Newspapers, as everyone knows by now, are a crummy business, being slowly but surely pounded to death by two major forces they canâ€™t control. First, news is now available for free, instantly, online. So, no need to wait for â€“ and pay for — tomorrowâ€™s newspaper to find out whatâ€™s happened today. At the same time, Google and Craigslist have created a far more efficient, and generally far cheaper, Â form of advertising online than traditional print advertising.
On the whole, itâ€™s a very gloomy picture. But, there is one new newspaper business model that not only goes from strength to strength, it will likely continue to make big money for many years to come. Itâ€™s the free newspapers distributed on subway and metro systems. The first one appeared in Sweden in 1995. Shenzhen, where I live, this year got its first entrant, called â€œåœ°é“æ—©8ç‚¹â€( â€œ8 Oâ€™clockâ€ in English). These free newspapers seem inoculated from every pathogen that is killing off the big urban newspapers around the world like the New York Times, LA Times, Le Monde, South China Morning Post.Â
Start with the fact they are free. That certainly makes it easier to find readers. Next, thereâ€™s guaranteed, efficient and low-cost distribution. In the case of 8 Oâ€™clockï¼ŒÂ the paper is handed out by reps or left in big piles weekday mornings at many of Shenzhenâ€™s 137 subway stations. Based on my daily subway commute, Iâ€™d say the newspaper is now being read by well over 60% of the people on my morning rush-hour train. The newspaper is bulging with ads. By any standards, this is a both a business success and a repudiation of the notion that print newspapers are sleddingÂ towards extinction.
The key to success for 8 Oâ€™Clock is knowing who its readers are and what they want to read about. 8 Oâ€™Clock, like most free subway newspapers, attracts mainly under-40 office workers. They have very clear editorial tastes, and these differ in some key ways from the many newspapers that are now headed for the boneyard. For one thing, 8 Oâ€™clock doesnâ€™t try to break major stories or even stay current on political or economic stories fighting for headlines elsewhere. Instead, it offers its readers a mix of brief articles about celebrities, sports stars, oddball â€œhuman interestâ€ tales and the occasional local scandal. Around half of each page is pictures, either advertising copy or outsized art work accompanying the short articles.
8 Oâ€™Clock is owned by the biggest traditional newspaper publishing company in Shenzhen, called Shenzhen Press Group. It has ten other newspapers in Shenzhen, all using the conventional paid-circulation model. This offers some obvious traps for Shenzhen Press Group, most obviously in selling a product at newsstands with some strong similarities to the one itâ€™s giving away for free in subway stations.Â But, against that, Shenzhen Press Group is reaching people with 8 Oâ€™clock that most likely never buy paid-for newspapers. Whatâ€™s more, Shenzhen Press Group already has an in-house advertising team and deep knowledge of the local market to sell ads efficiently in 8 Oâ€™Clock. A full-page color ad sells for around USD$25,000-$35,000, depending on the day of the week and placement. Readership is somewhere around 300,000 a day.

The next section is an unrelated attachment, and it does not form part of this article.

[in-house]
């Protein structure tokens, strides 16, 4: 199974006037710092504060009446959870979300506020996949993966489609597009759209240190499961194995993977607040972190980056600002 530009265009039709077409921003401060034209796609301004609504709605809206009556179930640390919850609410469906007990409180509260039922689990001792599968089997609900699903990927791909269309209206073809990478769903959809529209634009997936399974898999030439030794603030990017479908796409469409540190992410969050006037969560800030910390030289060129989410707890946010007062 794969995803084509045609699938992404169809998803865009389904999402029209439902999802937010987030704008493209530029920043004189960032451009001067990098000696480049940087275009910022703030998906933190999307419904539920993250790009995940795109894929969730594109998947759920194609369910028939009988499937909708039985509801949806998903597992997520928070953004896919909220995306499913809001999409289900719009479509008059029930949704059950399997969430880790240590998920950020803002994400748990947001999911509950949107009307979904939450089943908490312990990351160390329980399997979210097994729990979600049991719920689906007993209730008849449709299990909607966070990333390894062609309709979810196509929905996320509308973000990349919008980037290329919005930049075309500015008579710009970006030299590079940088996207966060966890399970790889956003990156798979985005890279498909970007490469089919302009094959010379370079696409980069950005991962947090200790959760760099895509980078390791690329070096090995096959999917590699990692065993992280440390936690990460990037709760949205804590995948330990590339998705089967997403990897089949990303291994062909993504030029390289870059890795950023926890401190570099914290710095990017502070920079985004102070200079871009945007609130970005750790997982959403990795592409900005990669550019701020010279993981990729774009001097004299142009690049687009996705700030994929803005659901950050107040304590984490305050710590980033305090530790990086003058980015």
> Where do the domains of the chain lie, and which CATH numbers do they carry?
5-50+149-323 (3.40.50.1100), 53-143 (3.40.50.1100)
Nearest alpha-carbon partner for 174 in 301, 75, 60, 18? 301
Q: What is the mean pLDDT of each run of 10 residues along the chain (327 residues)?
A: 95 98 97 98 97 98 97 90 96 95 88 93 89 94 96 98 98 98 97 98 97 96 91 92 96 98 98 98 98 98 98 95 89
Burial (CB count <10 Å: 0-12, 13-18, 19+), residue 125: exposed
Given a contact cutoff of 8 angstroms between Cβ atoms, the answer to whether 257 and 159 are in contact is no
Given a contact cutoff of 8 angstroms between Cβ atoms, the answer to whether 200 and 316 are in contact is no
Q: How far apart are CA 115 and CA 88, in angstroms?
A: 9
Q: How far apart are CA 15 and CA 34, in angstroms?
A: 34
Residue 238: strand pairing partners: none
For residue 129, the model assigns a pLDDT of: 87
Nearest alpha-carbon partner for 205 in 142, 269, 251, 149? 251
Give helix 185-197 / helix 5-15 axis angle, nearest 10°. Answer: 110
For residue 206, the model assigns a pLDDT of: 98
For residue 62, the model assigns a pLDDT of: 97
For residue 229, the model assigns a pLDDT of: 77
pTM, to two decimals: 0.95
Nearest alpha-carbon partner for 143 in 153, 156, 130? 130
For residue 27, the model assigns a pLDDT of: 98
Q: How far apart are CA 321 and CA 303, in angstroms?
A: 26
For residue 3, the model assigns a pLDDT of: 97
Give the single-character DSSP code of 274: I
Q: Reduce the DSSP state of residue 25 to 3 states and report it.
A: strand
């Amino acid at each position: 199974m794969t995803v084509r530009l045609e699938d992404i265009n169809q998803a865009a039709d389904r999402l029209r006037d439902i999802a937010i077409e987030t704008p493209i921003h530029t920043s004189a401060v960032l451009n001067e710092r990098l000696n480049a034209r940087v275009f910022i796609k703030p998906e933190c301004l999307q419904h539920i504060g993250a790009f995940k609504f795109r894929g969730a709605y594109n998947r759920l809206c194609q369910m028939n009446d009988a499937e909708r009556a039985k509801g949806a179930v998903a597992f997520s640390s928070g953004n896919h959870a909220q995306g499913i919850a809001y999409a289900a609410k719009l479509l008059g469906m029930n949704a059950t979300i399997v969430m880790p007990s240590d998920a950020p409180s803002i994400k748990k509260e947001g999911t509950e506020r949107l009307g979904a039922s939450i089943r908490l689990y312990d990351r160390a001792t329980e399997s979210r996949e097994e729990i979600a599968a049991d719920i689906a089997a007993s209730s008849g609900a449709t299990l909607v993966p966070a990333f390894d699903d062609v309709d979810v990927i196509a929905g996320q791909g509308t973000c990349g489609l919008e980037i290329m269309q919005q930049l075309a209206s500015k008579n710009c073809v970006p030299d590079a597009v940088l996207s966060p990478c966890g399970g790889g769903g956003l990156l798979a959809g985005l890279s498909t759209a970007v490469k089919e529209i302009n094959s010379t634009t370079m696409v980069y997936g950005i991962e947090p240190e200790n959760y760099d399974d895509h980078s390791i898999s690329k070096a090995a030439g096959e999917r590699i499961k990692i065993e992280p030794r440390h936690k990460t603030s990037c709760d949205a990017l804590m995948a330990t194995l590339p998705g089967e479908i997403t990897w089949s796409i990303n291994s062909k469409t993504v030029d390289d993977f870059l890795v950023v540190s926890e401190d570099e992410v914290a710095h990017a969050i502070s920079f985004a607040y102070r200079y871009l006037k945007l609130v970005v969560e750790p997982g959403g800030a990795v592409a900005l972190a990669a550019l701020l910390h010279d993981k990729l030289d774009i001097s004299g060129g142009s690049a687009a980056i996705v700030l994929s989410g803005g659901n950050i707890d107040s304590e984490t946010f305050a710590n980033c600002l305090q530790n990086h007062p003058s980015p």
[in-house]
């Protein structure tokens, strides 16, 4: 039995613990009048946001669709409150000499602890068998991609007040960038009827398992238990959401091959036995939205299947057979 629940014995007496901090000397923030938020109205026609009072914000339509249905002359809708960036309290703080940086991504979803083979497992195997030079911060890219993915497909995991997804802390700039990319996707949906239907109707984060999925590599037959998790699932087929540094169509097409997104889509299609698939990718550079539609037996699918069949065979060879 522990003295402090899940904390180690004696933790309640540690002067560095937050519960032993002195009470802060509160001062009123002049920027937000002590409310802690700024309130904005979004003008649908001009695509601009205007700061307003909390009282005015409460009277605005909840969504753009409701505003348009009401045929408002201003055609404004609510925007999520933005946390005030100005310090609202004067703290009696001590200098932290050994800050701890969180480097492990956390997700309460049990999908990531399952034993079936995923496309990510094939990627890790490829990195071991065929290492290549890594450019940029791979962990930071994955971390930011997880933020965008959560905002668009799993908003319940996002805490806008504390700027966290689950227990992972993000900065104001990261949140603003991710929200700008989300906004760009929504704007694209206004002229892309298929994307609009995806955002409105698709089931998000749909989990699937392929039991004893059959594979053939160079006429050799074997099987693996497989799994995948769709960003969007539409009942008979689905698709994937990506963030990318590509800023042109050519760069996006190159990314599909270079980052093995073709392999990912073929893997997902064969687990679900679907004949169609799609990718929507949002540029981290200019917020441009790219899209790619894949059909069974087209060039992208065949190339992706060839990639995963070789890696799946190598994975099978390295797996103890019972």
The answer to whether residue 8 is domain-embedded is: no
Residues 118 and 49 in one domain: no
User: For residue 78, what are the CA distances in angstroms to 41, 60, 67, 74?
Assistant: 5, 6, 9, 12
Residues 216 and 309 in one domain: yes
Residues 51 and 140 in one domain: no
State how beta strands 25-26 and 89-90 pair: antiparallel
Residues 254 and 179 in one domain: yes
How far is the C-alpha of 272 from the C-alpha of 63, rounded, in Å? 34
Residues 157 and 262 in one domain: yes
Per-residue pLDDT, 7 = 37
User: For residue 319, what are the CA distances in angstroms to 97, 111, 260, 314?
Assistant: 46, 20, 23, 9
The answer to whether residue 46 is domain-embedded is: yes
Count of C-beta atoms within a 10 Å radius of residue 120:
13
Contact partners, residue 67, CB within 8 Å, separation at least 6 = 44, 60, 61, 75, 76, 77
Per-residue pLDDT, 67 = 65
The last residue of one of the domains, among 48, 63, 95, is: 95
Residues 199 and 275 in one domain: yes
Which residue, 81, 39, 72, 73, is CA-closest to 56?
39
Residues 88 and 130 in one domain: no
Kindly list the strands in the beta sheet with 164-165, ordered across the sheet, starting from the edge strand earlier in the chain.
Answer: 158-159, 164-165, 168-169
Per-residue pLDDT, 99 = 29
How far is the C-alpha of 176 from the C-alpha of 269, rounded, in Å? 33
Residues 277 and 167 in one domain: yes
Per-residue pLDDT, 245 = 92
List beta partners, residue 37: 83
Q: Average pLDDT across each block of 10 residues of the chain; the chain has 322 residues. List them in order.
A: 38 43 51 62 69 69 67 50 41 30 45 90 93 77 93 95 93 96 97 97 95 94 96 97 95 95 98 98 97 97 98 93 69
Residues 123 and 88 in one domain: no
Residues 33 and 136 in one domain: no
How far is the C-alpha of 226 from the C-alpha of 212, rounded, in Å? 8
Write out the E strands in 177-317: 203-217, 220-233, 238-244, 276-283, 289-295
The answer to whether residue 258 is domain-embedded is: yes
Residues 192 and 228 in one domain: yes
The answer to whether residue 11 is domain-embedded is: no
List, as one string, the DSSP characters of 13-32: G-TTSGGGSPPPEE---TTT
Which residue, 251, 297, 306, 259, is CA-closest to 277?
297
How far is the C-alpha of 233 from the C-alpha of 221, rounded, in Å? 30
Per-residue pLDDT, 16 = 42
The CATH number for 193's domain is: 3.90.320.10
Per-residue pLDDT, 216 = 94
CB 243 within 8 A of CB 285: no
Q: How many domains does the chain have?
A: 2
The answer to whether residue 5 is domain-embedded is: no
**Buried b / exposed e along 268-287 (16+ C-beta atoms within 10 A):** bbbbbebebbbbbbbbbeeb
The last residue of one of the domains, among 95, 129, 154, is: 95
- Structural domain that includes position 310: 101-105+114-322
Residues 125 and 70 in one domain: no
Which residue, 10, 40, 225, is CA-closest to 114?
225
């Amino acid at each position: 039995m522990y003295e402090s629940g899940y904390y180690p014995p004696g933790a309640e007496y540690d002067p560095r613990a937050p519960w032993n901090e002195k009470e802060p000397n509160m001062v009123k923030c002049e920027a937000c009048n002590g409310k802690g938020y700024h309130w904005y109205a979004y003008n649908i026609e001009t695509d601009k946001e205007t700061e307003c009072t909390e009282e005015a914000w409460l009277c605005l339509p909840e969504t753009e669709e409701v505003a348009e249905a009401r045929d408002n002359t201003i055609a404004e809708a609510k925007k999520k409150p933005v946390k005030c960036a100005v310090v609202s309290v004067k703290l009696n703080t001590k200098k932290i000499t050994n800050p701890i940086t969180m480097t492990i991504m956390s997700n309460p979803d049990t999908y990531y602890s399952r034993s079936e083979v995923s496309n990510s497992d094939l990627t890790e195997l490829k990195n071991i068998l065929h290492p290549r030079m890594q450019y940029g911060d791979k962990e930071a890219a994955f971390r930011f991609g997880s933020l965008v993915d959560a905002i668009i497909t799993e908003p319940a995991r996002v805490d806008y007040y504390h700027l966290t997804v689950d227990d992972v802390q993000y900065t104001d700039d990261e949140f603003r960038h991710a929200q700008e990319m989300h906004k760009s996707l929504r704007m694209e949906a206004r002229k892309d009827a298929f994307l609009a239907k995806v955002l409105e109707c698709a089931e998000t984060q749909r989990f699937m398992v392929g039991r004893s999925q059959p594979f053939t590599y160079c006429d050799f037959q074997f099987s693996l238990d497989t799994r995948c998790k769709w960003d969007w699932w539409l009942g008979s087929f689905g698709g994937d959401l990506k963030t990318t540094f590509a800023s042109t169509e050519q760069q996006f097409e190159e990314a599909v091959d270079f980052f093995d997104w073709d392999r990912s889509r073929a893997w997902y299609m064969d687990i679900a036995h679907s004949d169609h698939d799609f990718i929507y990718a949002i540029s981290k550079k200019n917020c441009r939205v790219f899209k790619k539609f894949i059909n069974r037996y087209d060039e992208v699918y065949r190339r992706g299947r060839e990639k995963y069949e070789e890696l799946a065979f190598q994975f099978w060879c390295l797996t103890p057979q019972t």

Beijing, Shanghai, Shenyang and Guangzhou all have their own free subway newspapers. All seem to be thriving. Â Other countries also have them, including US,Â UK,Â Germany.
ChinaÂ is the ideal place for free subway-distributed newspapers to thrive. Start with the fact, of course, its cities are huge and subway ridership dwarves that of most Western cities. But, as important, the newspaper industry in China is relatively new. Chinese arenâ€™t imprinted in the way that so many Americans and Europeans are about what newspapers are for. The popular ones see themselves, unashamedly, as for-profit vehicles: an effective advertising medium. NotÂ as a civic trust.
The editorial goal is to get enough people reading articles at the top of the page to deliver big audiences, efficiently, for the advertisers renting space at the bottom. For 8 Oâ€™clock, the advertisers are mainly large auto brands, hospitals, realtors and big chain stores all of whose businesses are thriving in Chinaâ€™s booming domestic economy.Â
In cities likeÂ Shenzhen,Â ShanghaiÂ andÂ Beijing, purchasing power, along with property prices,Â are reaching first world levels. Thereâ€™s massive net migration into large cities in China, compared with stagnant, or declining populations in most big Western cities. The subway systems are themselves mainly new, with extensive networks â€“ 14 lines in Beijing, 11 in Shanghai, five in Shenzhen, with two more on the way. As the systems grow, so too will the profits of the free subway newspapers like 8 Oâ€™clock.
A generation ago, there was basically only one newspaper of any importance and readership in China, the Communist Partyâ€™s Peopleâ€™s Daily (â€œäººæ°‘æ—¥æŠ¥â€).Â Itâ€™s still published, and has changed little down the years, a slim sheaf of turgid and often theoretical writing barely leavened by photos or ads. Meanwhile, thousands of newspapers and magazines have entered the market with a broad range of content.
All major media in ChinaÂ are still subject to censorship and, in theory, under the control of the Partyâ€™s propaganda department. But, 8 Oâ€™clock has ample scope to provide what Shenzhenâ€™s subway commuters are after, at a price they canâ€™t argue with.Â Â A financially healthy newspaper serving a financially prospering city– 8 Oâ€™clock will keep waltzingÂ compared to the wretched papers in the US and Europe.